IDEAS home Printed from
   My bibliography  Save this article

Eliciting Substance from ‘Hot Air’: Financial Market Responses to EU Summit Decisions on European Defense


  • Bechtel, Michael M.
  • Schneider, Gerald


No abstract is available for this item.

Suggested Citation

  • Bechtel, Michael M. & Schneider, Gerald, 2010. "Eliciting Substance from ‘Hot Air’: Financial Market Responses to EU Summit Decisions on European Defense," International Organization, Cambridge University Press, vol. 64(02), pages 199-223, April.
  • Handle: RePEc:cup:intorg:v:64:y:2010:i:02:p:199-223_00

    Download full text from publisher

    File URL:
    File Function: link to article abstract page
    Download Restriction: no

    References listed on IDEAS

    1. John R. Oneal & Bruce Russett, 1999. "Assessing the Liberal Peace with Alternative Specifications: Trade Still Reduces Conflict," Journal of Peace Research, Peace Research Institute Oslo, vol. 36(4), pages 423-442, July.
    2. Katherine Barbieri, 1996. "Economic Interdependence: A Path to Peace or a Source of Interstate Conflict?," Journal of Peace Research, Peace Research Institute Oslo, vol. 33(1), pages 29-49, February.
    3. Philippe Martin & Thierry Mayer & Mathias Thoenig, 2008. "Make Trade Not War?," Review of Economic Studies, Oxford University Press, vol. 75(3), pages 865-900.
    4. Solomon William Polachek, 1980. "Conflict and Trade," Journal of Conflict Resolution, Peace Science Society (International), vol. 24(1), pages 55-78, March.
    5. James D. Morrow, 1999. "How Could Trade Affect Conflict?," Journal of Peace Research, Peace Research Institute Oslo, vol. 36(4), pages 481-489, July.
    Full references (including those not matched with items on IDEAS)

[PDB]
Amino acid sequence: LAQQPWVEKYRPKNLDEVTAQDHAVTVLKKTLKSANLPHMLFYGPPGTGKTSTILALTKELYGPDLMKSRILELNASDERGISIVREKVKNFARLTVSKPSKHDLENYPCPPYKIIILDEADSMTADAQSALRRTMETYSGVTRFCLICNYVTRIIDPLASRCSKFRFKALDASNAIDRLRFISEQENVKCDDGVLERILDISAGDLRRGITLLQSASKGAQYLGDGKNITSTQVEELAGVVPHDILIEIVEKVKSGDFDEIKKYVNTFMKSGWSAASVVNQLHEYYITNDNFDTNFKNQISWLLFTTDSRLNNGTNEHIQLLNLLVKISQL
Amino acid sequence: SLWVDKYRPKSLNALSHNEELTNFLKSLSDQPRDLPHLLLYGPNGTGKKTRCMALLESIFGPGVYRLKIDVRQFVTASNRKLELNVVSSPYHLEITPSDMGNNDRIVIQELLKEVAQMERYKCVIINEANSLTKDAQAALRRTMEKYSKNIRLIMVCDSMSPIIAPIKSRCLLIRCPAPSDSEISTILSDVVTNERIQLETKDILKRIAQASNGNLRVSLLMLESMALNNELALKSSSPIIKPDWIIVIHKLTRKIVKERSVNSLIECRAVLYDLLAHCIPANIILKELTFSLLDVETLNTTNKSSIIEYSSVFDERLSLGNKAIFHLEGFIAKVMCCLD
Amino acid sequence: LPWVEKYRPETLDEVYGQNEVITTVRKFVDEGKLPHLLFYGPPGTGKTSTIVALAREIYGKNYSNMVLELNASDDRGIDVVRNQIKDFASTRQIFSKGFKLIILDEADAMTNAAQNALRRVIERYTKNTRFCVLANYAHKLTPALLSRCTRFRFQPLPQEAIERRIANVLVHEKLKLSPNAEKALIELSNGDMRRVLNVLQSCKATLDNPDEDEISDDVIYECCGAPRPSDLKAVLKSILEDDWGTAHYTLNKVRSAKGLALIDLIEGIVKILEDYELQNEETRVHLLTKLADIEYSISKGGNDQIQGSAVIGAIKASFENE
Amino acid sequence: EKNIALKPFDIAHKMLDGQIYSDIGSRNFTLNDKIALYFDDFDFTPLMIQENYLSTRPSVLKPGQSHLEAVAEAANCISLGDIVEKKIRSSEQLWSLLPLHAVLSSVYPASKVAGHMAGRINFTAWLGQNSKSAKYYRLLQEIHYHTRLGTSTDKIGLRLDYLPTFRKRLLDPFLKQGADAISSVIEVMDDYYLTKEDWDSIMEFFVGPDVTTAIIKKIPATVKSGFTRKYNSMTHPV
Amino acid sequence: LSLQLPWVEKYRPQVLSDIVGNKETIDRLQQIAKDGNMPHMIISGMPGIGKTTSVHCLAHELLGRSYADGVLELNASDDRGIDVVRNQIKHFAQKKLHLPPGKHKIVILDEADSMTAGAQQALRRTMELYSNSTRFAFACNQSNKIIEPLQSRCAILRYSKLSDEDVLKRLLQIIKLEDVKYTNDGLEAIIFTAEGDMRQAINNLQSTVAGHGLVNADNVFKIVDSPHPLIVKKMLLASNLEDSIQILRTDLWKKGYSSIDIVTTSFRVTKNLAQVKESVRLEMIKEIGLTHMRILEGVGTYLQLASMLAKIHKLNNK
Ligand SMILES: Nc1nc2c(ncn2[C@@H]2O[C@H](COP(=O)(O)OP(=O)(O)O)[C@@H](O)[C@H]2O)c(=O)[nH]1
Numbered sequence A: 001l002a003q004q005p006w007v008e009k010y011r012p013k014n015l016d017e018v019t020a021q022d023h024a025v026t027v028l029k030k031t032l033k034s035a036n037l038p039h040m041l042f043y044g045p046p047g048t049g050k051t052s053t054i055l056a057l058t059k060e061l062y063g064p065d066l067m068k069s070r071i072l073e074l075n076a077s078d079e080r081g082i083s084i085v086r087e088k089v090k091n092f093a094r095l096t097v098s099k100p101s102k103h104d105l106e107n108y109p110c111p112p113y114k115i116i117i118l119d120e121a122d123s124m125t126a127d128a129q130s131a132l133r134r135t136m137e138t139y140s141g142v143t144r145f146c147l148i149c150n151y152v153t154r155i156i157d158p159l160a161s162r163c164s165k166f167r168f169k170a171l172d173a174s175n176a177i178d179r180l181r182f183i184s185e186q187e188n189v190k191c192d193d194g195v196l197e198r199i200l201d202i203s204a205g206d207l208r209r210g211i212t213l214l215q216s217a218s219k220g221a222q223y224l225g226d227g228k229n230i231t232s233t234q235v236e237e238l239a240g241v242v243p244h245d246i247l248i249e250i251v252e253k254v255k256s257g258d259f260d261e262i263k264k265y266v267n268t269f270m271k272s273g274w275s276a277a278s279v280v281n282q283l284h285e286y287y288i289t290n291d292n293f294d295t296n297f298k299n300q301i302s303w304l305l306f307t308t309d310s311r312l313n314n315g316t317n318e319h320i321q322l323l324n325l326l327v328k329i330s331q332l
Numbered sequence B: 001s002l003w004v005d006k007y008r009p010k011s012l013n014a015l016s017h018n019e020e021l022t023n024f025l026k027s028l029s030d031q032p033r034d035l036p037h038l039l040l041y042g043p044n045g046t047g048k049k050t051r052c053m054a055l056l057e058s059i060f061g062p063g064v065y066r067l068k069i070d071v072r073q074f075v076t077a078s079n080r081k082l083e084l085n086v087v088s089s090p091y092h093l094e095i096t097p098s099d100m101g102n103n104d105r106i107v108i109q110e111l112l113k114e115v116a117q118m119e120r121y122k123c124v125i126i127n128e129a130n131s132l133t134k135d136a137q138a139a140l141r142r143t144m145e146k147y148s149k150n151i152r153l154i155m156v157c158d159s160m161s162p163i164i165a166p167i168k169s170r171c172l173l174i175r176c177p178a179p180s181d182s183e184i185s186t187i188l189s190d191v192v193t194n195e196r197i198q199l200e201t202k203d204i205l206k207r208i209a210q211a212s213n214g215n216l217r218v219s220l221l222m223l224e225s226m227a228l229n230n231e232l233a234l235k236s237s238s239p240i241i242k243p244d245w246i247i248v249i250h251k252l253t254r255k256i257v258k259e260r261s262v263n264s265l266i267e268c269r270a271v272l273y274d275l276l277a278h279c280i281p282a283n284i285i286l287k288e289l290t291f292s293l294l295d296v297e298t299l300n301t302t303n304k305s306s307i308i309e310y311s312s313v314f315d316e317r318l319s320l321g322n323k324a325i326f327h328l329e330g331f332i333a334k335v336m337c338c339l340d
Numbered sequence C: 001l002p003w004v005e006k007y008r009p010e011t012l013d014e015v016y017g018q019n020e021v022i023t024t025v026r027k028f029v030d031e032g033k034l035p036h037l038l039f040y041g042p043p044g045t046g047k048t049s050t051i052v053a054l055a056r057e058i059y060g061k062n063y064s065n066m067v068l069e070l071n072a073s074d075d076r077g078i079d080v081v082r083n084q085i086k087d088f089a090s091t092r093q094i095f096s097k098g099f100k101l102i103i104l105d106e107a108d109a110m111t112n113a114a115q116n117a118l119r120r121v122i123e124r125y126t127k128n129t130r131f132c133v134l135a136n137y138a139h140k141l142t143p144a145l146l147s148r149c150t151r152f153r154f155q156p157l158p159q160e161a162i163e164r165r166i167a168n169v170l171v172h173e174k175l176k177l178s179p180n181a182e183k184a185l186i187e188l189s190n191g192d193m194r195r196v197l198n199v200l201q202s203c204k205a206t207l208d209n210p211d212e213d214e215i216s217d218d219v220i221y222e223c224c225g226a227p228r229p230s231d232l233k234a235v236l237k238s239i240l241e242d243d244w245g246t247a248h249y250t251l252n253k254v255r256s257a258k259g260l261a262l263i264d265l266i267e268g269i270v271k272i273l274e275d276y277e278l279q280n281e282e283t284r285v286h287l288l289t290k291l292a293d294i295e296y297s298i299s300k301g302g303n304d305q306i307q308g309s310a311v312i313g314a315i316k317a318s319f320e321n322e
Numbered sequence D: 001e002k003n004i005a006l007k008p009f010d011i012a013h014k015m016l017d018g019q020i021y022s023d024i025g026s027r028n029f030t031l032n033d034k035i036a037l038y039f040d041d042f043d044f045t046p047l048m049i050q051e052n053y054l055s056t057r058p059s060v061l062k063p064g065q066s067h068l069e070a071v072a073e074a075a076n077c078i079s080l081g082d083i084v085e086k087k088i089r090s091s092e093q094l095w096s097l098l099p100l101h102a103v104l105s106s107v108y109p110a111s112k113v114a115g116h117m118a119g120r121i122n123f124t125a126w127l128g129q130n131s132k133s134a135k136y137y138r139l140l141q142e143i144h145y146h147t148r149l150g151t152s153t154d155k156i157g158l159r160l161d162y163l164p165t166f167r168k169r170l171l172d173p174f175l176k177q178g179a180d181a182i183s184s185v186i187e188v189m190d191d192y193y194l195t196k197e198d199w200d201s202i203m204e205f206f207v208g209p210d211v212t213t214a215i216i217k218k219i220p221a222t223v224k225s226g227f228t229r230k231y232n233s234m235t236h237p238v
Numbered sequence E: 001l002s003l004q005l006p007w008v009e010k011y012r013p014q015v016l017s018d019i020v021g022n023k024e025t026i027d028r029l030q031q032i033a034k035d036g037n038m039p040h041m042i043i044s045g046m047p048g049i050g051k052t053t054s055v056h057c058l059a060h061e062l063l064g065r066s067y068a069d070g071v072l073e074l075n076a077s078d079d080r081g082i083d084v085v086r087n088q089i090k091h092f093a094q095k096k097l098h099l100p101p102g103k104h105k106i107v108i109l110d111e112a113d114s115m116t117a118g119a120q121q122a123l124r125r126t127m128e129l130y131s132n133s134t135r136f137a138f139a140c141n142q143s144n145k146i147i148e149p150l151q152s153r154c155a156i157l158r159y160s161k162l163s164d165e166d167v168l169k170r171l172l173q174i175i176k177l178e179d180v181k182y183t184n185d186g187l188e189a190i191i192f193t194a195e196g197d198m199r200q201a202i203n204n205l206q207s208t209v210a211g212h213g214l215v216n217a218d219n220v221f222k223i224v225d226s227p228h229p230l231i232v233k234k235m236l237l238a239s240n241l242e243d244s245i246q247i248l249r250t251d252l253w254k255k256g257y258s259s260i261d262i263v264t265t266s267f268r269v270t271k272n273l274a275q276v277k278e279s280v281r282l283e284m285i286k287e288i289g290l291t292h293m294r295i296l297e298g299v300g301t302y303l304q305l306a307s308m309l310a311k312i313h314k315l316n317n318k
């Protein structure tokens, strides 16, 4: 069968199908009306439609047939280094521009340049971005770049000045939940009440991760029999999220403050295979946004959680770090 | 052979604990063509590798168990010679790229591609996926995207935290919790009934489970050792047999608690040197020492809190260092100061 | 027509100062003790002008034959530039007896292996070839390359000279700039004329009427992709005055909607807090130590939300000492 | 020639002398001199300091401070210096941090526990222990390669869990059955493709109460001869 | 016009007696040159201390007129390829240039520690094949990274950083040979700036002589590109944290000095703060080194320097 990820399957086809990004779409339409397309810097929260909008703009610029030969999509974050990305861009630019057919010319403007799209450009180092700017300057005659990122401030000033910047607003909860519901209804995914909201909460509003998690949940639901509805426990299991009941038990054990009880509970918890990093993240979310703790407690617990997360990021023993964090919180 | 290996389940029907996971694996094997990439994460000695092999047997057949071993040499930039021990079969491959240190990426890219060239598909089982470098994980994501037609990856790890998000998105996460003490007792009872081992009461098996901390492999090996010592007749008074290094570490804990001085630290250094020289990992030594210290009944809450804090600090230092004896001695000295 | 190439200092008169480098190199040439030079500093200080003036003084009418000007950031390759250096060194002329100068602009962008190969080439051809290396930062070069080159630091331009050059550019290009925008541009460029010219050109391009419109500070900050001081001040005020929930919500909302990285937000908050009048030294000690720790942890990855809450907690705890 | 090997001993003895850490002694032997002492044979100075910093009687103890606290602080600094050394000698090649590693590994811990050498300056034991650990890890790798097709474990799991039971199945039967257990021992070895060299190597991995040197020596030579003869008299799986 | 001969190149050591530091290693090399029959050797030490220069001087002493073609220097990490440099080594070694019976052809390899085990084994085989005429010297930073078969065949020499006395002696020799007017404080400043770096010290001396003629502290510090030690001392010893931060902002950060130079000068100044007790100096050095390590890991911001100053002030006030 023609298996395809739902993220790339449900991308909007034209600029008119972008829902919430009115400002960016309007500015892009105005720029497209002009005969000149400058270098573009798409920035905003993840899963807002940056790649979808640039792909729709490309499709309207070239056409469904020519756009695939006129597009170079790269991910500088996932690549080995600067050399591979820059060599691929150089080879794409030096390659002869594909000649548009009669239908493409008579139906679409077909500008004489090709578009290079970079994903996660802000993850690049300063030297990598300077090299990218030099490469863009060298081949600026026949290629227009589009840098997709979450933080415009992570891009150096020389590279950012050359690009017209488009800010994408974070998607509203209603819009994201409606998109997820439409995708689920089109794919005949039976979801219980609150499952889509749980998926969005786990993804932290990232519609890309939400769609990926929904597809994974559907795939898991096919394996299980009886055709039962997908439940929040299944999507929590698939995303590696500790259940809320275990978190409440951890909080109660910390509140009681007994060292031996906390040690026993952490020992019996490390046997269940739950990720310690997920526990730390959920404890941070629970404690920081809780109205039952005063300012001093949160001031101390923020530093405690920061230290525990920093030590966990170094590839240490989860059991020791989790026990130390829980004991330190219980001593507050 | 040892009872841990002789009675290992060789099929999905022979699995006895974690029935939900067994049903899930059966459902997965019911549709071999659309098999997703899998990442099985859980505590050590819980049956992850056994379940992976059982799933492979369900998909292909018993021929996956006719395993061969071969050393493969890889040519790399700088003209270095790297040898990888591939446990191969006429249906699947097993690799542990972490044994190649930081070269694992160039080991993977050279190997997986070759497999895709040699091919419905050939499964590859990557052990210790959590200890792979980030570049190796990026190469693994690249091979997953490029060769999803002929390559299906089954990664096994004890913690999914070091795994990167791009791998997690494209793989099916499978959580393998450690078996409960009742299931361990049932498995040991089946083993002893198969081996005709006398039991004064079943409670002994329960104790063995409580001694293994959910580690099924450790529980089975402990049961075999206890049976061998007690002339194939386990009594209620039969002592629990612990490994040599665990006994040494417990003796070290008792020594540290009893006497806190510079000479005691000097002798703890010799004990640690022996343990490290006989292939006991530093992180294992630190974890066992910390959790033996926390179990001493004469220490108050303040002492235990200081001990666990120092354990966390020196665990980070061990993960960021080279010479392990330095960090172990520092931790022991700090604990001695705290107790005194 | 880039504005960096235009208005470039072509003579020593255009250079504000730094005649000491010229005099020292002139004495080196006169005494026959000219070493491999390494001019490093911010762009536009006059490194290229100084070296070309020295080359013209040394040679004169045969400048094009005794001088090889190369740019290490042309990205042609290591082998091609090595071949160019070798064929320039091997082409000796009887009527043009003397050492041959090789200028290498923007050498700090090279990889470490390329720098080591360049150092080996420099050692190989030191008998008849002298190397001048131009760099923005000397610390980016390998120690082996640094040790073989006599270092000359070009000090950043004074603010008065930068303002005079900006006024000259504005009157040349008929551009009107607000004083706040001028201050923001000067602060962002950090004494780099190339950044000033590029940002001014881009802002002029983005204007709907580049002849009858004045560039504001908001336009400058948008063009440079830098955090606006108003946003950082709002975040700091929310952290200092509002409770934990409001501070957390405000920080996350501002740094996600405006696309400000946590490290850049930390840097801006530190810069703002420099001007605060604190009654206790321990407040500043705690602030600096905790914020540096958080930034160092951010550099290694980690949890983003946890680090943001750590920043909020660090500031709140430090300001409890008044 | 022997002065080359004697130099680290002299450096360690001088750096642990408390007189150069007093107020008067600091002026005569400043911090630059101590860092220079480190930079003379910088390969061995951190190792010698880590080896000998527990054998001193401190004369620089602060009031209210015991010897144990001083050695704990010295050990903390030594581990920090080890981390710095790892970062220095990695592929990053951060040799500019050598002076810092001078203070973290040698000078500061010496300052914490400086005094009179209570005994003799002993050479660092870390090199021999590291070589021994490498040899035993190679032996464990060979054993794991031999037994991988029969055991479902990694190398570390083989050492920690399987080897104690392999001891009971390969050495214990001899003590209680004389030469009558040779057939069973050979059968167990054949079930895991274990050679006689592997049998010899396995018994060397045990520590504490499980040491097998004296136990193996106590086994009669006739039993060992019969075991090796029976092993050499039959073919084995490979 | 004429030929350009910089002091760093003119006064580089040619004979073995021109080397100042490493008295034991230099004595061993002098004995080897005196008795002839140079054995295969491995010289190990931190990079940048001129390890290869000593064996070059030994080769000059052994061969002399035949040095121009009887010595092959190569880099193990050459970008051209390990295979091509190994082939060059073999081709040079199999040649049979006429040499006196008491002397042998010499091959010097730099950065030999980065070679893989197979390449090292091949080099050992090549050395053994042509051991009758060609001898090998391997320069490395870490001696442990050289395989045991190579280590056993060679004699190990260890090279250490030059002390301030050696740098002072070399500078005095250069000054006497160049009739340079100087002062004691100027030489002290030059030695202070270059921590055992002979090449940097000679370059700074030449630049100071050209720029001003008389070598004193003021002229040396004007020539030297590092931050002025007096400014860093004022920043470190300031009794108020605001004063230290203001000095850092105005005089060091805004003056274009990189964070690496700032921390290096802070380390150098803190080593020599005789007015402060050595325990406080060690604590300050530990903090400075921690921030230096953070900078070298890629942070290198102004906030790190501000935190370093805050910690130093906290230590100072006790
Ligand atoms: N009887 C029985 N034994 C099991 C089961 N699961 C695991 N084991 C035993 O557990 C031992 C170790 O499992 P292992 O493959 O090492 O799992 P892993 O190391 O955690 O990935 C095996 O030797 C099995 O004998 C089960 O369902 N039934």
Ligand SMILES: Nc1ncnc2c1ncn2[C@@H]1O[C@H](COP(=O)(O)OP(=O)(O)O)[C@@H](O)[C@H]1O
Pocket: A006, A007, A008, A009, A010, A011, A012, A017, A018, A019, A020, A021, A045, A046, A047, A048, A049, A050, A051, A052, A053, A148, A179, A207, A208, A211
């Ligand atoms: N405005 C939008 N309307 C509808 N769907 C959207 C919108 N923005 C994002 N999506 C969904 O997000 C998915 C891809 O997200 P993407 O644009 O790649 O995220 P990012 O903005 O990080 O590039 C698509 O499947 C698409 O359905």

Citations are extracted by the CitEc Project, subscribe to its RSS feed for this item.

    Cited by:

    1. Jørgen Bølstad & Christoph Elhardt, 2015. "To bail out or not to bail out? Crisis politics, credibility, and default risk in the Eurozone," European Union Politics, , vol. 16(3), pages 325-346, September.
    2. Christian Rauh & Gerald Schneider, 2013. "There is No such Thing as a Free Open Sky: Financial Markets and the Struggle over European Competences in International Air Transport," Journal of Common Market Studies, Wiley Blackwell, vol. 51(6), pages 1124-1140, November.
    3. Iain McMenamin & Michael Breen & Juan Muñoz-Portillo, 2015. "Austerity and credibility in the Eurozone," European Union Politics, , vol. 16(1), pages 45-66, March.
    4. Luechinger, Simon & Moser, Christoph, 2014. "The value of the revolving door: Political appointees and the stock market," Journal of Public Economics, Elsevier, vol. 119(C), pages 93-107.
    5. Kai Jäger, 2013. "Sources of Franco-German corporate support for the euro: The effects of business network centrality and political connections," European Union Politics, , vol. 14(1), pages 115-139, March.

    More about this item


    Access and download statistics


    All material on this site has been provided by the respective publishers and authors. You can help correct errors and omissions. When requesting a correction, please mention this item's handle: RePEc:cup:intorg:v:64:y:2010:i:02:p:199-223_00. See general information about how to correct material in RePEc.

    For technical questions regarding this item, or to correct its authors, title, abstract, bibliographic or download information, contact: (Keith Waters). General contact details of provider: .

    If you have authored this item and are not yet registered with RePEc, we encourage you to do it here. This allows to link your profile to this item. It also allows you to accept potential citations to this item that we are uncertain about.

    We have no references for this item. You can help adding them by using this form .

    If you know of missing items citing this one, you can help us creating those links by adding the relevant references in the same way as above, for each refering item. If you are a registered author of this item, you may also want to check the "citations" tab in your RePEc Author Service profile, as there may be some citations waiting for confirmation.

    Please note that corrections may take a couple of weeks to filter through the various RePEc services.

    IDEAS is a RePEc service hosted by the Research Division of the Federal Reserve Bank of St. Louis . RePEc uses bibliographic data supplied by the respective publishers.